Figure 3
M-Coffee8. The top line (closed diamonds) is the CS on the HOMSTRAD benchmark after combining multiple alignments using only one method per developer. The bottom line (closed squares) is the default performance for each method on the benchmark.
Figure 4
Effect of adding in 1, 2 or 3 extra ClustalW alignments to M-Coffee8. The average accuracy of ClustalW is materialized by the solid line.

Further validation of M-Coffee8 with was carried out by testing this procedure on two other benchmarks: the new BaliBase and Prefab. As suggested by results on Table 1, the tests were carried out by combining for each dataset the eight un-weighted MSAs with M-Coffee. The results (Table 2) show that M-Coffee significantly outperforms individual methods on every category of HOMSTRAD and Prefab (>1400 MSAs altogether) and on 6 out of 10 Balibase categories. Total results confirm M-Coffee to be the average best performer on the three datasets. Further analysis on individual datasets (Table 3) also reveals that on average M-Coffee is about twice more likely to deliver the most accurate MSA than any of the individual methods (1104 versus 614).

Table 2
The CS accuracy performance of M-Coffee8 and various individual methods on the HOMSTRAD, Prefab and Balibase references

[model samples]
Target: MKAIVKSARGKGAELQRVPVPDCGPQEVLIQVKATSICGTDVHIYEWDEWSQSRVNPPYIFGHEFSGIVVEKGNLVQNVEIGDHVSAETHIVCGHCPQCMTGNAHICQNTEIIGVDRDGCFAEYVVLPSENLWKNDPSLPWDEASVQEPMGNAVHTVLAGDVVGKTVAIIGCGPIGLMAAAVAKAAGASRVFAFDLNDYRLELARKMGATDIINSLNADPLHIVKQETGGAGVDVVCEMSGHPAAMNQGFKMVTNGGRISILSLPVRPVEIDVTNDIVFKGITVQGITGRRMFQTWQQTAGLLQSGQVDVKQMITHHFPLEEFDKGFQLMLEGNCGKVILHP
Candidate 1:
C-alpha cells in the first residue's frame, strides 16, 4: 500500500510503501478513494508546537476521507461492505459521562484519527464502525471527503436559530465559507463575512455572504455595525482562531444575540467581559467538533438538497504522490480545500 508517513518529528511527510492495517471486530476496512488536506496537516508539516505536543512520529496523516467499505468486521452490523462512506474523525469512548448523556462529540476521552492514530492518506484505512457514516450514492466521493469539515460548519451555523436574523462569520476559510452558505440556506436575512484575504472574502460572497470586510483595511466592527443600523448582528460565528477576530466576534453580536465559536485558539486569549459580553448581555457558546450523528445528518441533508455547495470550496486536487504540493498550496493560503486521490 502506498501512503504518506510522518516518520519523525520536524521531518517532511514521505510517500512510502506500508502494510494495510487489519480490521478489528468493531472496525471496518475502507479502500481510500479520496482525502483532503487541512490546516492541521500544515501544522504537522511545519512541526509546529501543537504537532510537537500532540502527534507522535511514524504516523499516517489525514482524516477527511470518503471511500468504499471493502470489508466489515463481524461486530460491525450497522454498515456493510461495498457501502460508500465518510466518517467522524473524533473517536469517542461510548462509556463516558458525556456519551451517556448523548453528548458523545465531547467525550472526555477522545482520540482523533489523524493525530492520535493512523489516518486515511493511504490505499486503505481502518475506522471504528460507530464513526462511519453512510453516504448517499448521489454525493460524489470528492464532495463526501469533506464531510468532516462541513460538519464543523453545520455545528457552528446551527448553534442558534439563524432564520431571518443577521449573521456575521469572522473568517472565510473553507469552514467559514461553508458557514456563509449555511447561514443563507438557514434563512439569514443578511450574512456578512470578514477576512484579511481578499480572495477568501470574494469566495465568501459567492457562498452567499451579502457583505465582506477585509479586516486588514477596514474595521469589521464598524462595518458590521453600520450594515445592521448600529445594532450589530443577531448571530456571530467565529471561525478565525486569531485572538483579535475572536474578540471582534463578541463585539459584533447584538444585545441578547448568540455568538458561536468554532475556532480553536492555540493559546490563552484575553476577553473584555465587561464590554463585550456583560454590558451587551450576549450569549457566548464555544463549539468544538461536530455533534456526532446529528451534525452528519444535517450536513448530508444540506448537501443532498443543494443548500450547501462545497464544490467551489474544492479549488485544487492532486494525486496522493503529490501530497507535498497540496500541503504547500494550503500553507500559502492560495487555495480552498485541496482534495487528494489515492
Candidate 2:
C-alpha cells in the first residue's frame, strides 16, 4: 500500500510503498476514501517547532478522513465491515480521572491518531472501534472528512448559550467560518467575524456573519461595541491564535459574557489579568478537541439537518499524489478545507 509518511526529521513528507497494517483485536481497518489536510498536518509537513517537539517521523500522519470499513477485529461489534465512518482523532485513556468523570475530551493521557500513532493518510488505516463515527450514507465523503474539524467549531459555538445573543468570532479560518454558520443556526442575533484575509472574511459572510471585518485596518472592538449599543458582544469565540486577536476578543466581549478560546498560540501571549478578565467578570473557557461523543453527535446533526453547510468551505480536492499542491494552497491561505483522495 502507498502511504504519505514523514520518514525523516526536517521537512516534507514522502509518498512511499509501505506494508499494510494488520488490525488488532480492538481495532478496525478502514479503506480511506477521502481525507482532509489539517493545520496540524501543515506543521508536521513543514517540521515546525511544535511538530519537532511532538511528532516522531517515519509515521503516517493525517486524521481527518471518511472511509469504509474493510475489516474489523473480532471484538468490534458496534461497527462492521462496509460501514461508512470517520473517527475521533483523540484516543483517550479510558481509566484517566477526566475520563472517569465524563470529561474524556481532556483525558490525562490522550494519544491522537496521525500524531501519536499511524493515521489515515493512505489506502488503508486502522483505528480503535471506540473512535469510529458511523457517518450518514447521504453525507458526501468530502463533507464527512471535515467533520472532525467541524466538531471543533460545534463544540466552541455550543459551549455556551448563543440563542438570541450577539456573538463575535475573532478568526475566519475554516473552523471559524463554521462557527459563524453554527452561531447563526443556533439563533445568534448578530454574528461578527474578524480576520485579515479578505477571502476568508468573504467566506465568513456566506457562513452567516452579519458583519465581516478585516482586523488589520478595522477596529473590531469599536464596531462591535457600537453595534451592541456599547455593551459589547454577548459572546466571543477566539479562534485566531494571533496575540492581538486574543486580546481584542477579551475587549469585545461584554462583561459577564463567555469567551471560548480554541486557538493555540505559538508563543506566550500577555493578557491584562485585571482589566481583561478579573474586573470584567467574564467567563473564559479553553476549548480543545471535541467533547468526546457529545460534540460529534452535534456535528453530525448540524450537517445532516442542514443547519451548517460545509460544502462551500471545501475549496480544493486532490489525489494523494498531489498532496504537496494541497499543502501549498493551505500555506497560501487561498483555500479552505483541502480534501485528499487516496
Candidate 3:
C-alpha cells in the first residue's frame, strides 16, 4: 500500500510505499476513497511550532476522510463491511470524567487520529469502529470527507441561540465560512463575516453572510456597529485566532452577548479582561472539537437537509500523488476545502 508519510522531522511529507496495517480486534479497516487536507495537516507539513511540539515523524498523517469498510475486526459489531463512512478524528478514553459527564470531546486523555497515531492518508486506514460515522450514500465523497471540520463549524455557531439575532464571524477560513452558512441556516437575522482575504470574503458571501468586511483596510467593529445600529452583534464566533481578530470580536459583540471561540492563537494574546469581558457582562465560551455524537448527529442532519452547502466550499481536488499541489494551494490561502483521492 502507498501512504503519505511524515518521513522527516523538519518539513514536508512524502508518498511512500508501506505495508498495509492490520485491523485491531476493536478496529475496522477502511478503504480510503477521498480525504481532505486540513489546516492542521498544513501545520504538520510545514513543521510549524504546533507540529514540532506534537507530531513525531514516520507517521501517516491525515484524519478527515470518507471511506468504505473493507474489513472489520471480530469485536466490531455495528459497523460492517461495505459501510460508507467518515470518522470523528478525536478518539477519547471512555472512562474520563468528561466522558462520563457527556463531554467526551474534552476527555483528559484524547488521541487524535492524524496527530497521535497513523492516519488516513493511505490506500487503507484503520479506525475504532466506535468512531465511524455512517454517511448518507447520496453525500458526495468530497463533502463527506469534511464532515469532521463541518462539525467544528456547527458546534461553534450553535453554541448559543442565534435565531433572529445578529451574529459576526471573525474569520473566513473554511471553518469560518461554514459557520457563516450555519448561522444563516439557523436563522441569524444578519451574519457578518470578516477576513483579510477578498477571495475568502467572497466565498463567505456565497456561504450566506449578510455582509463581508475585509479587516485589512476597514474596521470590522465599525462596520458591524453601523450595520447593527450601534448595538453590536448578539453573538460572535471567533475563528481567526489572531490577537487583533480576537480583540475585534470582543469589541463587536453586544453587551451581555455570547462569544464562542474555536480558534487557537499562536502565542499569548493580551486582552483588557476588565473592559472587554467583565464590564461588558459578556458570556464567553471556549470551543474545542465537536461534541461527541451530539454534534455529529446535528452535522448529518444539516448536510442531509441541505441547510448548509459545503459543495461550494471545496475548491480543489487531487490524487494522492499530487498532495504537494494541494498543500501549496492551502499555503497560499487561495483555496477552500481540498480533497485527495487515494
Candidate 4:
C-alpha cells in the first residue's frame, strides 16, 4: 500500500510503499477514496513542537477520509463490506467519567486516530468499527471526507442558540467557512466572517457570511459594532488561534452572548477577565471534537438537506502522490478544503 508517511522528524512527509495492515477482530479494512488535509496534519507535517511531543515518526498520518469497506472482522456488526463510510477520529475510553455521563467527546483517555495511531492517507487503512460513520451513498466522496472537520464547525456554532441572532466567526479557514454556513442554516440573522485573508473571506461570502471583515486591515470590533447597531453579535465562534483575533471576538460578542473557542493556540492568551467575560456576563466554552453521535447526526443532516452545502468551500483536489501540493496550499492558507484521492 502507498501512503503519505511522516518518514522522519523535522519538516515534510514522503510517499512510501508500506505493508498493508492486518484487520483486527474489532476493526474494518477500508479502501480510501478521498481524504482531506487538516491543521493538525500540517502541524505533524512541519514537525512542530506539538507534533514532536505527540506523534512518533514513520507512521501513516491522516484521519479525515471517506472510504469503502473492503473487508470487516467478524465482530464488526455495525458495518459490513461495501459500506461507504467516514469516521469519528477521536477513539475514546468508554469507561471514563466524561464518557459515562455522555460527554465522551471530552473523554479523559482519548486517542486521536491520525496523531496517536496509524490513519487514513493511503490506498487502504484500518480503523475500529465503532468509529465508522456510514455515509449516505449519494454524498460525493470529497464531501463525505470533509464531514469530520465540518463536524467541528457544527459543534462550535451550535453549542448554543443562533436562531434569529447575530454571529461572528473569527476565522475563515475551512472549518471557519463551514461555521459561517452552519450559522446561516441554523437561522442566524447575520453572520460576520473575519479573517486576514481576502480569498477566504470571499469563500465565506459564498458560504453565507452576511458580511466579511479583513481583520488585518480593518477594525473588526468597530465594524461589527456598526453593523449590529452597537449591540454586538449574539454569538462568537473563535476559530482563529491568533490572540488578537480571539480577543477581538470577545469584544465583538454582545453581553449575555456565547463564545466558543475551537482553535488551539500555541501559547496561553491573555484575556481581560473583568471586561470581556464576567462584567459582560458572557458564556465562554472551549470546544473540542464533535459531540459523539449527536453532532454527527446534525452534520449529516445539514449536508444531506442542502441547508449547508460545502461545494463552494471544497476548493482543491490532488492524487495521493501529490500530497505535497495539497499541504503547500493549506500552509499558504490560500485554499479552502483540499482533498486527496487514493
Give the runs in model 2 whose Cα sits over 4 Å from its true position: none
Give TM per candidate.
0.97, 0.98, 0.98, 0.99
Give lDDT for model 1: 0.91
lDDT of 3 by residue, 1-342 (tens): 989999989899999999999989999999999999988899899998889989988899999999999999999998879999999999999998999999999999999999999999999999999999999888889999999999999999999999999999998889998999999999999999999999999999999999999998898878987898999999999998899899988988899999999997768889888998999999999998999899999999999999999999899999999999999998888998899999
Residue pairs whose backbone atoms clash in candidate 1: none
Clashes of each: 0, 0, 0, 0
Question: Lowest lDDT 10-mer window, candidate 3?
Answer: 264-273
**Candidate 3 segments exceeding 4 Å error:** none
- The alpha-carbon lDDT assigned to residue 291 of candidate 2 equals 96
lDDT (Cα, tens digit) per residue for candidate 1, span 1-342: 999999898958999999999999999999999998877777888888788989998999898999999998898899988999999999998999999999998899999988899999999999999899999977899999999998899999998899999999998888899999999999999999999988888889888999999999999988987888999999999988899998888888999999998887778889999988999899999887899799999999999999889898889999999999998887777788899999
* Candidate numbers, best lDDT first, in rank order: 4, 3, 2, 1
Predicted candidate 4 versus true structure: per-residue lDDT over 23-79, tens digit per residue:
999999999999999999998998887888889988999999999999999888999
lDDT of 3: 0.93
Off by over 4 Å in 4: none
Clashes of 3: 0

Table 3
Individual dataset analysis

In terms of CPU time, M-Coffee is very similar to the standard T-Coffee with the difference that it does not require the estimation of the pairwise library. For instance, if we consider 1bxkA-1he2A, a standard prefab dataset of 50 sequences, 200 amino acid long and 47% average identity, the default T-Coffee requires 270 s to align that dataset on a standard PC (Pentium 2 MHz, 500 MB RAM), while M-Coffee8 requires 180 s on a similar machine and M-Coffee15 requires 220 s (these figures do not include the pre-computation of the alignments with individual methods).


In this paper we describe M-Coffee, an extension of the T-Coffee package able to efficiently combine the output of various MSA packages into one final MSA. We show that M-Coffee is on average 1–3 point percent more accurate than the best individual method and nearly twice more likely to deliver the best multiple alignment. Apart from delivering high quality alignments, M-Coffee constitutes a simple and efficient platform for the combination of various MSAs into one unique accurate model. As such it provides a convincing solution to the daunting task of choosing the right method and it should prove quite robust with respect to the evolution of novel individual methods.